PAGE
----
Katherine J. Wu wrote about the reality of coronavirus reinfection in the near future and that it shouldn’t scare the majority of us.
Newly saddled with the baggage of COVID-19, reinfection has taken on a more terrifying aspect, raising the specter of never-ending cycles of disease. It has sat at the center of debates over testing, immunity, and vaccines; its meaning muddled by ominous headlines, it has become wildly misunderstood. When I ask immunologists about reinfection in the context of the coronavirus, many sigh.
But infection is a two-player game, and a change in either contender can affect the dynamics of a second confrontation. On occasion, the body’s immune strongholds might weaken and crack. Or a microbe might alter its surface until it’s unrecognizable to the host that once fought it off—even if the original defenses raised against the bug are still standing tall. These latter cases might be described less strictly as reinfection than as, well, another infection.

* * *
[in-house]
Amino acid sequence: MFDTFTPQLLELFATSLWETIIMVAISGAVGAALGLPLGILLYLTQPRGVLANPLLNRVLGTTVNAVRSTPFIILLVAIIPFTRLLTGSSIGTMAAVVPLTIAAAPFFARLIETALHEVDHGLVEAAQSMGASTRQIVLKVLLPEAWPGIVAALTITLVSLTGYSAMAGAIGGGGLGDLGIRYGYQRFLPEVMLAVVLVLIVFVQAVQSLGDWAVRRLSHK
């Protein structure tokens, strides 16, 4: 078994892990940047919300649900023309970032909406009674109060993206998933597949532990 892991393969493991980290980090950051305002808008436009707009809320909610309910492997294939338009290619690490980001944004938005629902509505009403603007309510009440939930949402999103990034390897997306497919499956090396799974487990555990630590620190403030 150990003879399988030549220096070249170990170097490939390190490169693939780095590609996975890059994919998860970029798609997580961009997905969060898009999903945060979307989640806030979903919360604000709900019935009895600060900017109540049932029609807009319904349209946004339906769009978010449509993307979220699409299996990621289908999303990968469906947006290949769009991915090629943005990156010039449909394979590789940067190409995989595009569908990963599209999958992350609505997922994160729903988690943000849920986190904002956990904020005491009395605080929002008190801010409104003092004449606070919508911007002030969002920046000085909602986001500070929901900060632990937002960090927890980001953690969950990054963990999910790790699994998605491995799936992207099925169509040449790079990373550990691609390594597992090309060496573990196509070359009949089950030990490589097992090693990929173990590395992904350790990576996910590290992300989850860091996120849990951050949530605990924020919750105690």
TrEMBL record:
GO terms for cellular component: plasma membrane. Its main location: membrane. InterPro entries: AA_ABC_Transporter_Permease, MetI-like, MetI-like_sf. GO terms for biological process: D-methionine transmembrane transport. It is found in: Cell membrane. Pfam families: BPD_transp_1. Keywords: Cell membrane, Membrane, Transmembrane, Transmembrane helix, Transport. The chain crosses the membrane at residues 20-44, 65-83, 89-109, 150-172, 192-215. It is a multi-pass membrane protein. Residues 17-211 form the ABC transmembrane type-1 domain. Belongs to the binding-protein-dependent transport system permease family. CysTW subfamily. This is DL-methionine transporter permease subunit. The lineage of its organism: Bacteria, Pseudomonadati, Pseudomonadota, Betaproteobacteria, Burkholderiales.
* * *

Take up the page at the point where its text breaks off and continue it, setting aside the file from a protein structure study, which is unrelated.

She spoke to various immunologists and virologists to find out more about what reinfection actually means:
A repeat infection won’t necessarily come with the same symptoms, or the same level of contagiousness. In the most classical portrait of reinfection, the microbe is effectively identical; your body, with its memory of the bug, is not. That probably means you’re not “completely susceptible again,” says Angela Rasmussen, a virologist affiliated with Georgetown University.
It’s a very informative piece and should quell some fears of a never-ending pandemic. As always, remember to wear adequate masks to stem transmission, keep social distancing, wash and sanitise your hands and stay home as much as you’re able to.